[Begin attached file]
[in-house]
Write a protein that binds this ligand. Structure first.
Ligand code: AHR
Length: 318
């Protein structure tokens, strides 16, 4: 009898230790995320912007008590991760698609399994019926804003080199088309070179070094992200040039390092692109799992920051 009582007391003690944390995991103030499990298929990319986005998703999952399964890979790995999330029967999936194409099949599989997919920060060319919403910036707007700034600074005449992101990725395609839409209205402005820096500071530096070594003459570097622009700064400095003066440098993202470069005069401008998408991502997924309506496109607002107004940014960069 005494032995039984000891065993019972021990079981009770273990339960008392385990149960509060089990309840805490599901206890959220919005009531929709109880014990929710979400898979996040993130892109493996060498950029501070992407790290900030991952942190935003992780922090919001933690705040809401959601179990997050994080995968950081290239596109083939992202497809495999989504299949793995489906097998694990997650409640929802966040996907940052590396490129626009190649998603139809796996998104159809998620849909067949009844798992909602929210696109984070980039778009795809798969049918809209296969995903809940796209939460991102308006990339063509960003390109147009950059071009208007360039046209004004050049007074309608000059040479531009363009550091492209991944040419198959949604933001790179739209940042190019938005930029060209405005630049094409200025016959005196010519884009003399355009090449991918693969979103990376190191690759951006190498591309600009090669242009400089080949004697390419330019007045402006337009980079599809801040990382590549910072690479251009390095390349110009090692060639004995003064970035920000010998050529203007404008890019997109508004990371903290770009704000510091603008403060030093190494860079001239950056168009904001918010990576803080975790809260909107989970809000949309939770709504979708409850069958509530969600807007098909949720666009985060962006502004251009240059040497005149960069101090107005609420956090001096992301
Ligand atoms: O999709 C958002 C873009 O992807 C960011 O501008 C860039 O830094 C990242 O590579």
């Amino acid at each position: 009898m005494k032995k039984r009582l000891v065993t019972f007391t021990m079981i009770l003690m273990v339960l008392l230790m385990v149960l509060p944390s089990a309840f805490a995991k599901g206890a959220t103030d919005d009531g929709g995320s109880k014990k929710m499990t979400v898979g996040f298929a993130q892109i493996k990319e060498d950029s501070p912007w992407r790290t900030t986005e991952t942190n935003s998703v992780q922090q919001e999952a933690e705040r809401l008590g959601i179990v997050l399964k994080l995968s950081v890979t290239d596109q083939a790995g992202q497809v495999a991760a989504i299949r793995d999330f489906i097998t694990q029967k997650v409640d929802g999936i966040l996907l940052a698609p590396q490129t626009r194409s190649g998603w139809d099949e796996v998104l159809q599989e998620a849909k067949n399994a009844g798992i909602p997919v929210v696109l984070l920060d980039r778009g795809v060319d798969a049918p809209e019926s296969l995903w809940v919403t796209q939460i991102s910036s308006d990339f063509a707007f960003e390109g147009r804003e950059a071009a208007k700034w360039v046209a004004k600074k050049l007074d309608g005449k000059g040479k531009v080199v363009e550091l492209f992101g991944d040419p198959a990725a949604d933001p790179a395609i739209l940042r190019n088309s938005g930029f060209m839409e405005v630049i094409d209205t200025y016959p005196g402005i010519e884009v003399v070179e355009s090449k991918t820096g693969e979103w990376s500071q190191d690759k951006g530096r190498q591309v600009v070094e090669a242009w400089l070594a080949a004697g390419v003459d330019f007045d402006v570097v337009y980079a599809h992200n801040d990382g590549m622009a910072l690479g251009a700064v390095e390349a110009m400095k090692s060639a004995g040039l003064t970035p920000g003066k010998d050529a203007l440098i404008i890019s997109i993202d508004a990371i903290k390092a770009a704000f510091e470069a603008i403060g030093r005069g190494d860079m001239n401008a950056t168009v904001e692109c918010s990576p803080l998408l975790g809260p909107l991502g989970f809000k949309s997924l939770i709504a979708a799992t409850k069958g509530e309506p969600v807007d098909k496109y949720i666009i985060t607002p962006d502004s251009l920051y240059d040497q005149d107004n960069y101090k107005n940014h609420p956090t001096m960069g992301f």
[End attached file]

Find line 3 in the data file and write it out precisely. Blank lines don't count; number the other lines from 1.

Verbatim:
Ligand code: AHR